File picture: The findings are a major blow to the assumptions held by advocates of no-fault divorces.

Children pay the price when divorce is made easier, according to a major study.

The inquiry, which examined families in 13 countries, found that the children were less likely to succeed in life.

Those reaching adulthood in the 1970s were far less likely to go into higher education than their counterparts in the 1940s and 50s, when divorce laws were much more restrictive. The easy divorce effect was so strong that children whose parents broke up in the liberal 1970s were nearly five times less likely to go to university than those whose parents parted in earlier decades.

Researchers suspect children of the earlier age group found it a relief when their parents parted after conflict and recrimination.

But they said many couples in the other age group who broke up in the 1970s were in relatively harmonious marriages that ended thanks to the growing ease of divorce.

Divorce without conflict causes deep shock and lifelong damage to children who had no reason to suspect their home was about to break up, the researchers concluded.

The findings are a major blow to the assumptions held by advocates of no-fault divorces. Campaigners for divorce reforms routinely maintain that making divorce easier, simpler and cheaper would be good for children whose parents want to leave their marriage. The study was carried out by a team led by Professor Martin Kreidl of Masaryk University in the Czech Republic.

It covered the history of more than 93 000 people recorded by UN-based surveys since the 1940s, and followed family break-ups in Australia, Belgium, Bulgaria, the Czech Republic, Estonia, France, Germany, Hungary, Italy, Lithuania, the Netherlands, Norway and Romania.

It said: "The burden of parental break-up became much stronger between 1940 and 1979.

"The burden associated with parental separation clearly becomes more negative when divorce is more common. The growth of the negative effect is rather strong."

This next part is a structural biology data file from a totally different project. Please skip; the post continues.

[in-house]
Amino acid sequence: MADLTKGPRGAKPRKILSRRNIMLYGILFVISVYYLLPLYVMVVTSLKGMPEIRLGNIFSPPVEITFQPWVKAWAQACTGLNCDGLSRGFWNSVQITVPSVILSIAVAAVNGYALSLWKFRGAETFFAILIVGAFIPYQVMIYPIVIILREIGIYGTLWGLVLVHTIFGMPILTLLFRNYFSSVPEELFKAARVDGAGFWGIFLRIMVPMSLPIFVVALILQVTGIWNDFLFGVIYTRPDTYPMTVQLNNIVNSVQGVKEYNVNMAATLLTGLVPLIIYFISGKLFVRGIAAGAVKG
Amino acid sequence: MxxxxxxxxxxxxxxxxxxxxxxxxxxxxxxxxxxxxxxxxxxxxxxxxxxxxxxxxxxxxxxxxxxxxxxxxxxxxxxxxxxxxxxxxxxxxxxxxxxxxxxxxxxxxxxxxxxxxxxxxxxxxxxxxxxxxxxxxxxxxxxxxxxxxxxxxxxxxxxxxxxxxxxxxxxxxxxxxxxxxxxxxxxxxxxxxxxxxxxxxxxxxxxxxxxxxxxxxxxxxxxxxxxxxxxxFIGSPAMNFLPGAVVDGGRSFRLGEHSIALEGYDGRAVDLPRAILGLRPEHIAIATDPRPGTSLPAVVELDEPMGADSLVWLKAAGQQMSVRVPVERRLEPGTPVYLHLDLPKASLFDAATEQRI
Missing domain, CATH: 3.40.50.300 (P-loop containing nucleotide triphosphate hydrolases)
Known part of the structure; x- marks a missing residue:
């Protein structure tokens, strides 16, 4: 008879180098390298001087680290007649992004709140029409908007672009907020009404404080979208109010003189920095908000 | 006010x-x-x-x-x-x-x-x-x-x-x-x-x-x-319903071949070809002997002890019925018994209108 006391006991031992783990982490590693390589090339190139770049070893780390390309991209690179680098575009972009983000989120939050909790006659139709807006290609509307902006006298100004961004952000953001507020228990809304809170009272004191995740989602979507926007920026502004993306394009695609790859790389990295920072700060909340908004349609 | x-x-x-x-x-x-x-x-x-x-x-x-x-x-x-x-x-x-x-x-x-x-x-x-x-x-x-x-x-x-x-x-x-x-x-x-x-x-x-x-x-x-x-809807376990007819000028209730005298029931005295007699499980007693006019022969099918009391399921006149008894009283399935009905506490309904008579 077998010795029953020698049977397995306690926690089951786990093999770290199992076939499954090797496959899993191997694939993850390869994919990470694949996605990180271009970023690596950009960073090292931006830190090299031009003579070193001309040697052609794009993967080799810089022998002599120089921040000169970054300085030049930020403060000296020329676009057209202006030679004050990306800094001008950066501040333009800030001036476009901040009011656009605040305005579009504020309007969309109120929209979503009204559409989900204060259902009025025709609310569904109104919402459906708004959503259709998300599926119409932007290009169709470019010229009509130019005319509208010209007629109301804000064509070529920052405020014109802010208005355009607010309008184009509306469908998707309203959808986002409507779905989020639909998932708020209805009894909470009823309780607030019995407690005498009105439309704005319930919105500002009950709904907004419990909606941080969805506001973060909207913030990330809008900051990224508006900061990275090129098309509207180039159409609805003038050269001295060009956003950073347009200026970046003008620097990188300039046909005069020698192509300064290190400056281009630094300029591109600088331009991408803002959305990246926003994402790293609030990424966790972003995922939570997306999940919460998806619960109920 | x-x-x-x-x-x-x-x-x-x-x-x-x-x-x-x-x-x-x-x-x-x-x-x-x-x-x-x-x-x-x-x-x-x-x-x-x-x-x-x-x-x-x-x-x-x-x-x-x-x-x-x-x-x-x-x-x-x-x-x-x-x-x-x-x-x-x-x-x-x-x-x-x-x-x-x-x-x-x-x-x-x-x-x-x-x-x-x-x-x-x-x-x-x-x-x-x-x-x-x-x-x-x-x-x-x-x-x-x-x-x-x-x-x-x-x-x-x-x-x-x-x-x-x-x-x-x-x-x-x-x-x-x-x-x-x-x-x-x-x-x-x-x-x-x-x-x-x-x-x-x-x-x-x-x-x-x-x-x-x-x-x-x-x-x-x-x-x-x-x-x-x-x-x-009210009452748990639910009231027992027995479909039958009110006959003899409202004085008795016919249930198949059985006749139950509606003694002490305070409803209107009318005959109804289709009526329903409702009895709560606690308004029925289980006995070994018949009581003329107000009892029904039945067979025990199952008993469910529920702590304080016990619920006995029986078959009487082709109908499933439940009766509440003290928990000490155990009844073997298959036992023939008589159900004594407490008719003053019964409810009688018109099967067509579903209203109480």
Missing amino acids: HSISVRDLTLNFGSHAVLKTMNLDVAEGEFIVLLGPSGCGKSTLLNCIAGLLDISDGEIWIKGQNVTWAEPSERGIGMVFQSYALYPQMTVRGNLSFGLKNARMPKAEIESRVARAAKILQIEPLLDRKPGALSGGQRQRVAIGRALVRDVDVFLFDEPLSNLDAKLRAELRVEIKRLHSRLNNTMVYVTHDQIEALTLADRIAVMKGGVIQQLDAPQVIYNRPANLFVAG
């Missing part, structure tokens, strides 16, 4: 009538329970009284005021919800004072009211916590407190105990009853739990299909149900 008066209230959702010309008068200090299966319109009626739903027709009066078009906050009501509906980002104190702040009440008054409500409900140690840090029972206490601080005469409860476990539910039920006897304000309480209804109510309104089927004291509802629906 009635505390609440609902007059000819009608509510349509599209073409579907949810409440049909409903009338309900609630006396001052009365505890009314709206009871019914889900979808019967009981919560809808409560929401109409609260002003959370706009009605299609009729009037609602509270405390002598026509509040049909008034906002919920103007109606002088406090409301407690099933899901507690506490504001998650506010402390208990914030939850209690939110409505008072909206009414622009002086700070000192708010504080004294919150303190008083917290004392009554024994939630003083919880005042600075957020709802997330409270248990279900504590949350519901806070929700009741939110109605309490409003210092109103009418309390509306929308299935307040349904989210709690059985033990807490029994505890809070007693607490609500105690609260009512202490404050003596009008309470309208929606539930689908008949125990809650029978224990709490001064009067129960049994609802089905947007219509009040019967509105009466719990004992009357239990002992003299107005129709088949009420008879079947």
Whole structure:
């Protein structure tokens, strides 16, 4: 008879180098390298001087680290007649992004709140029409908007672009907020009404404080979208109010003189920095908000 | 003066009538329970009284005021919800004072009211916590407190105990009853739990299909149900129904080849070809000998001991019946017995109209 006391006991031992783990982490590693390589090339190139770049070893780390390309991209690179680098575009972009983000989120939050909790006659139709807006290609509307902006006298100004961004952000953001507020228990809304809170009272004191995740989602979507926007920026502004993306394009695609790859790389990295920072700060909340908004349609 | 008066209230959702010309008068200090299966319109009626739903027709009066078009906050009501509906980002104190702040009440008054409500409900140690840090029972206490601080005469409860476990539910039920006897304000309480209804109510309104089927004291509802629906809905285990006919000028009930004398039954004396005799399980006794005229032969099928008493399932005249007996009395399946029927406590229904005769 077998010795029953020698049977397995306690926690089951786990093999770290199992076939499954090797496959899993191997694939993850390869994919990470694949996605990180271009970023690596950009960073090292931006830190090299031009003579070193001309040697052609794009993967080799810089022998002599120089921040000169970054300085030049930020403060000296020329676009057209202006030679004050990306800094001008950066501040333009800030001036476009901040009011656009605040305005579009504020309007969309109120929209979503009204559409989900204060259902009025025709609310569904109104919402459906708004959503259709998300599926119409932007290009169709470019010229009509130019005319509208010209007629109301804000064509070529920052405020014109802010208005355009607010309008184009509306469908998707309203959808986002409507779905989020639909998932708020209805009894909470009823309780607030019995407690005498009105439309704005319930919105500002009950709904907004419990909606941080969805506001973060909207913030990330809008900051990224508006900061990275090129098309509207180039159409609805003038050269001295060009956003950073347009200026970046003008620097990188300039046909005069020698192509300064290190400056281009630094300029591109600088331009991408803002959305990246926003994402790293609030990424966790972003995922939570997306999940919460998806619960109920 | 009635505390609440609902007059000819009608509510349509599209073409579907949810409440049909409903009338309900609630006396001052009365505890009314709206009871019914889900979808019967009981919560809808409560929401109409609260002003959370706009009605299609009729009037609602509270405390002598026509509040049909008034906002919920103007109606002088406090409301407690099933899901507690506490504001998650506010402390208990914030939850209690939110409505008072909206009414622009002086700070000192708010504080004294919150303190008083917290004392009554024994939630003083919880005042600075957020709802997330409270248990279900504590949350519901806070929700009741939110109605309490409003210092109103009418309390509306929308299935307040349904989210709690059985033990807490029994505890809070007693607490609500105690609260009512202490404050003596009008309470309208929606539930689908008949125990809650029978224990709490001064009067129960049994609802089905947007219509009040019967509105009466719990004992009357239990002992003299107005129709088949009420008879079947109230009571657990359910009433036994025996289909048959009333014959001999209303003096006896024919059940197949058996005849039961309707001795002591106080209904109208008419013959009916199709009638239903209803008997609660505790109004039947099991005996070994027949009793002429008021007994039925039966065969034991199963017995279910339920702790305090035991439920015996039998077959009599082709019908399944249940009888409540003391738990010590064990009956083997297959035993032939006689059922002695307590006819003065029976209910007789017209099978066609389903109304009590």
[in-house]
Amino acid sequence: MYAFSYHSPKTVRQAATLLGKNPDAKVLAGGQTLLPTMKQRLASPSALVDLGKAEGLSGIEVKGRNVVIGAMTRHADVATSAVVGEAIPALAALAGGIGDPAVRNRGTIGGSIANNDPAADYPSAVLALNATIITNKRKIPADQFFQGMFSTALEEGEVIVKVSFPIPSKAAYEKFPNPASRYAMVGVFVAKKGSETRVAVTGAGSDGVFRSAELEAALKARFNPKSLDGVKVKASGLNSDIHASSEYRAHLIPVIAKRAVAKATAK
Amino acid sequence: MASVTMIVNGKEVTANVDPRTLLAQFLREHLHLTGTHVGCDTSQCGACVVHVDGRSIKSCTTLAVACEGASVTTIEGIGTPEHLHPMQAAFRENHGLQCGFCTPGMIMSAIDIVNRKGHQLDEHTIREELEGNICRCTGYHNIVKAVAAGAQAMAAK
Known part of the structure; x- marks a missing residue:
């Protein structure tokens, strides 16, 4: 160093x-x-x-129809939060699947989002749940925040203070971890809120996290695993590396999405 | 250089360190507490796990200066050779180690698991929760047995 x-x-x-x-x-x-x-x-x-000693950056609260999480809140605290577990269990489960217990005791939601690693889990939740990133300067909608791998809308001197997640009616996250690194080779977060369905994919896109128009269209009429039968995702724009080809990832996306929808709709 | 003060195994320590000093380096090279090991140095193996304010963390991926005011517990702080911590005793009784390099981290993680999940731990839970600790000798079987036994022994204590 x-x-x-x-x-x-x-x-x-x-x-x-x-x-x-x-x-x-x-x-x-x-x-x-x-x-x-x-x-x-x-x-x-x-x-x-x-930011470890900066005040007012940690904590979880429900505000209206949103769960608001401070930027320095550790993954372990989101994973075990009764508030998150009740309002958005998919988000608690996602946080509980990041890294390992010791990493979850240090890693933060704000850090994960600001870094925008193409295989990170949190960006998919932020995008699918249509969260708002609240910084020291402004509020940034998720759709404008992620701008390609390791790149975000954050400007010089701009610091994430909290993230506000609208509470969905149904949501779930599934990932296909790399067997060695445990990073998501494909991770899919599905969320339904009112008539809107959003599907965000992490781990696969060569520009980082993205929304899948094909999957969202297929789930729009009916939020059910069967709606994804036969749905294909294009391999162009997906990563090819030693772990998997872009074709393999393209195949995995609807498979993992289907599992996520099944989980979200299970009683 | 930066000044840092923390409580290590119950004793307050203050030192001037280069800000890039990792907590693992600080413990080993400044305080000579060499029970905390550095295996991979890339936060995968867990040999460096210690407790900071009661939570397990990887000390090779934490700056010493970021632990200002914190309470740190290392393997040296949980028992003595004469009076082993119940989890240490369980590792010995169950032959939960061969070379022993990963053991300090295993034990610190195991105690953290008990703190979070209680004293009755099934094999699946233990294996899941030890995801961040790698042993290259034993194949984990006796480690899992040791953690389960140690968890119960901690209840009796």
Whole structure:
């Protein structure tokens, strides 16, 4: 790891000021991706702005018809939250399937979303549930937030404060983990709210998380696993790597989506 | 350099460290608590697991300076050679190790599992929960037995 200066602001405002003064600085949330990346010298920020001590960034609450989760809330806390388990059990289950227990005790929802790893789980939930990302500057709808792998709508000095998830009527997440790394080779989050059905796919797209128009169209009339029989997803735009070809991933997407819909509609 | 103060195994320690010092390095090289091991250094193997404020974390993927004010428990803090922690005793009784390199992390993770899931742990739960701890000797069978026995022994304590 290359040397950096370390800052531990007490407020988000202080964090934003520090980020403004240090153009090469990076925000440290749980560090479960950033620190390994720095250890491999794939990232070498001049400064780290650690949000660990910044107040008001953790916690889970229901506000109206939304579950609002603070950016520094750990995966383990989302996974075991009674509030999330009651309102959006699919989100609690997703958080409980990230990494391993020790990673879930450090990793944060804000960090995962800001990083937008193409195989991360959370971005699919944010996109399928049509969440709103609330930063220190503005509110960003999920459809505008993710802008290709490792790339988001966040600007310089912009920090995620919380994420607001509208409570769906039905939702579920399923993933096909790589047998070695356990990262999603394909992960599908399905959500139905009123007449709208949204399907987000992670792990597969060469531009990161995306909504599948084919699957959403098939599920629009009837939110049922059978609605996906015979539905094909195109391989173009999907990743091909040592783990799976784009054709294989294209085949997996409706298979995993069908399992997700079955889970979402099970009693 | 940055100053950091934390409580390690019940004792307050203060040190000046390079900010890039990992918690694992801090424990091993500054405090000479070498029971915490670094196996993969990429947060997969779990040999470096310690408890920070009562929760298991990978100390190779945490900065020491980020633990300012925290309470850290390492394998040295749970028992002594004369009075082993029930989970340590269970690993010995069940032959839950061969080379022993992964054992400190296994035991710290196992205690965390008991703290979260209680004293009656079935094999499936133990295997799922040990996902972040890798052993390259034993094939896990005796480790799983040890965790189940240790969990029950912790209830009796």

Researchers said a child whose parents divorced in the 1940s or 1950s was two percent less likely to graduate from a university than other children. By the late 1970s children of broken homes were nearly 10 percent less likely to go through university.

The study, which took into account the importance of factors such as the educational level of the divorcing couples, said the impact of divorce was most severe for the children of the least well-off.

It added: "The dissolution of a high-conflict family may be a relief for the child, as well as for the parents. The break-up of a low-conflict family, on the other hand, is more likely to harm the child.

"The negative effect of parental separation on children’s odds of graduating from university increases over birth cohorts and is stronger when separation is more common.

"This finding can be attributed to the declining levels of conflict accompanying separation and to the changing composition of the population of dissolving families."

Laura Perrins, co-editor of the Conservative Woman website, said: "This research shows yet again that divorce damages children, especially those from low conflict marriage.

"It would be very wrong to make divorce easier."